Republican Scott Garrett is a solid but not slam-dunk favorite in his bid for a fourth term in conservative territory at the top of the state. The Democratic challenger is Dennis Shulman, a rabbi and psychologist. We rate this race Republican Favored.
I personally prefer Stephen Colbert's description of the District ;)

Thursday, August 14, 2008

Shulman vs. Garrett: Social Security

Dennis Shulman's campaign has had a couple interesting strategies it's rolled out over the last week. First, there was telling donors how many donations of how much to offset PAC money going to Representative Scott Garrett. Then today, the campaign released a kind of "do you still feel this way" question about privatizing Social Security:

Scott Garrett's statements suggest that he would like to privatize Social Security on behalf of the special interests that fund his campaign, just like his leader, President Bush. I call upon Scott Garrett to state, once and for all, if he would like to hand Social Security over to Wall Street.

Pretty strongly worded, and it is an interesting point. However, there is no "suggest" regarding Garrett's previous statements and Social Security privatization: It's a firmly articulated belief.

Back in 2005, Garrett joined a number of his colleagues in signing this letter (still using the E.) urging the President to push private savings accounts. Here's what they stated:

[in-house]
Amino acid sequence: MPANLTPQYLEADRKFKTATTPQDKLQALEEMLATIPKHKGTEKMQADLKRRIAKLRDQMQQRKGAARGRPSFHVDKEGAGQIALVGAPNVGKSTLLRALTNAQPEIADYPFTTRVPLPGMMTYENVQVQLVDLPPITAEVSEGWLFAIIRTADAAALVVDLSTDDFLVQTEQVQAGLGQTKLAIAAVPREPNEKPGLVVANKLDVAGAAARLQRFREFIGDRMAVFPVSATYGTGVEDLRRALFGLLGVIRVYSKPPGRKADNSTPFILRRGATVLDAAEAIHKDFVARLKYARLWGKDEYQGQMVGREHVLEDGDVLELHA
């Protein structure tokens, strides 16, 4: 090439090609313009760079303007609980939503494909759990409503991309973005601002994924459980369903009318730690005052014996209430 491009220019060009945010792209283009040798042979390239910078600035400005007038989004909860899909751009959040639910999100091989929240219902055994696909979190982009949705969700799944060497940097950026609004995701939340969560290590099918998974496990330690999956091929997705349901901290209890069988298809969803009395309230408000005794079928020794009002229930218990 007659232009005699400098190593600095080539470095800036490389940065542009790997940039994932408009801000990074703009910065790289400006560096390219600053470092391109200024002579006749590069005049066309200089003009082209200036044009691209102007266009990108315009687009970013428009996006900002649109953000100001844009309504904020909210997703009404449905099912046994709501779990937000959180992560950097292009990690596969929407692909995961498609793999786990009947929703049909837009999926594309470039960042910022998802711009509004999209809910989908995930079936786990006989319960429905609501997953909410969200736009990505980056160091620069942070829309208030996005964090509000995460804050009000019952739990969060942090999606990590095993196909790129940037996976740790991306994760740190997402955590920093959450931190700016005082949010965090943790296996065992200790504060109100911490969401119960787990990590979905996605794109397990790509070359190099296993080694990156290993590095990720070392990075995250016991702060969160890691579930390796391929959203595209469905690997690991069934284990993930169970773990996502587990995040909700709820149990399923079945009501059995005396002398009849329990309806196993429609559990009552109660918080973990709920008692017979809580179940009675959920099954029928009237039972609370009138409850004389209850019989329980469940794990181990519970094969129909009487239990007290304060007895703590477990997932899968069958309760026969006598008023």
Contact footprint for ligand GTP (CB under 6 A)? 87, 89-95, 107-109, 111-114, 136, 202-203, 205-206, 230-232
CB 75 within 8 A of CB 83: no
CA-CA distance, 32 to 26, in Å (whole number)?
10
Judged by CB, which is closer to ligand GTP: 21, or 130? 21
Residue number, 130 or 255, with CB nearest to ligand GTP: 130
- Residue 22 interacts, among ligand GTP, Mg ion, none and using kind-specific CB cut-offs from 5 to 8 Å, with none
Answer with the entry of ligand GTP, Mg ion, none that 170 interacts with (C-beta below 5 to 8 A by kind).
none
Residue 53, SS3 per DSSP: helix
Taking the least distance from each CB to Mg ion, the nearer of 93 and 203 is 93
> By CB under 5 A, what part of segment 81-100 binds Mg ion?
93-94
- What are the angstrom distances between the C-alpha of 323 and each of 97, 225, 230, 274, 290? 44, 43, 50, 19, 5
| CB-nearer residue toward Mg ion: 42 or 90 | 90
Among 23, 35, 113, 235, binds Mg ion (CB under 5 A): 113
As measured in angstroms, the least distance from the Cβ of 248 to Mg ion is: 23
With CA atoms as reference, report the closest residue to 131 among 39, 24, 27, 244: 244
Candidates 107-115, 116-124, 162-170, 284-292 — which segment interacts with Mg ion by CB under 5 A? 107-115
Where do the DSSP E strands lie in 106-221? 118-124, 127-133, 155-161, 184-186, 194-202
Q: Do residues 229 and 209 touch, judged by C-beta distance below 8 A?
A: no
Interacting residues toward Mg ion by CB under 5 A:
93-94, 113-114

As such, we urge you to continue to pursue a permanent solution that would allow workers to take a portion of their social security payroll tax and put it into personal accounts. These accounts would ensure a secure retirement for all Americans, while simultaneously increasing the rate of return for younger workers.

Although I'm not sure I count as a "younger worker" at this point, among my peers who I've talked to about our 401Ks, I'm the only one who is only down a single digit percentage over the last year. That's a big reason you don't hear a lot about private savings accounts or privatization these days. People have looked at their 401K and realized there is nothing secure about it.

Granted, Garrett may have also realized the systemic economic risk of millions of Americans relying on the private accounts and retiring during a down cycle in the market. However, I kind of doubt it.

Wednesday, August 13, 2008

McMoney over McPrinciple

Well, this cinches it. Those of us hoping for a different campaign on both sides have firmly received our answer from the John McCain Campaign: You're SOL.

The idea that McCain would embrace a fundraiser being given by the biggest scumbag in modern American political history is proof positive the straight talk express has left the tracks. As the ads have gone increasingly negative, it seemed we were headed down this path anyway, however doing a fundraiser with Ralph Reed is a whole other issue.